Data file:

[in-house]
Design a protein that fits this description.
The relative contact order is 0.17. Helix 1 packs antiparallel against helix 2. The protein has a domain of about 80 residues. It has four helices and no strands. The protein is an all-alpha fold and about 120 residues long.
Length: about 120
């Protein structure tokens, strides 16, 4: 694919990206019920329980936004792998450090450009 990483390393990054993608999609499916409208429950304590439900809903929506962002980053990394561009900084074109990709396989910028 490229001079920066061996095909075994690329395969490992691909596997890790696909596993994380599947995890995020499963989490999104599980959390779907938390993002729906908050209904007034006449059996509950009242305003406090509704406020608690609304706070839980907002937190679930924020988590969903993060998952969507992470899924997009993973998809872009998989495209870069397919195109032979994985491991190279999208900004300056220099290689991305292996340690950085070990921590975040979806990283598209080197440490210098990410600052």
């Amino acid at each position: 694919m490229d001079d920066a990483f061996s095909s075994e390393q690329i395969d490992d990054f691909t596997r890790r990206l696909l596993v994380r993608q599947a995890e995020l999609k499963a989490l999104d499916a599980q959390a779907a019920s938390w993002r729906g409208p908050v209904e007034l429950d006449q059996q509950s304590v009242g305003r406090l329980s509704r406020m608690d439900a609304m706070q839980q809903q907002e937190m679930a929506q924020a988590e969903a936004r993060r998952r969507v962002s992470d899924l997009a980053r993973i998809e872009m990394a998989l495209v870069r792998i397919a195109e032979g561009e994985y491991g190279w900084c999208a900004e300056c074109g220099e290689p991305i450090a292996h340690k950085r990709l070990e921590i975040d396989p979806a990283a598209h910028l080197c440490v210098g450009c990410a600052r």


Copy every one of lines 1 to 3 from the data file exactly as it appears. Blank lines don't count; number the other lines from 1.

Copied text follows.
[in-house]
Design a protein that fits this description.
The relative contact order is 0.17. Helix 1 packs antiparallel against helix 2. The protein has a domain of about 80 residues. It has four helices and no strands. The protein is an all-alpha fold and about 120 residues long.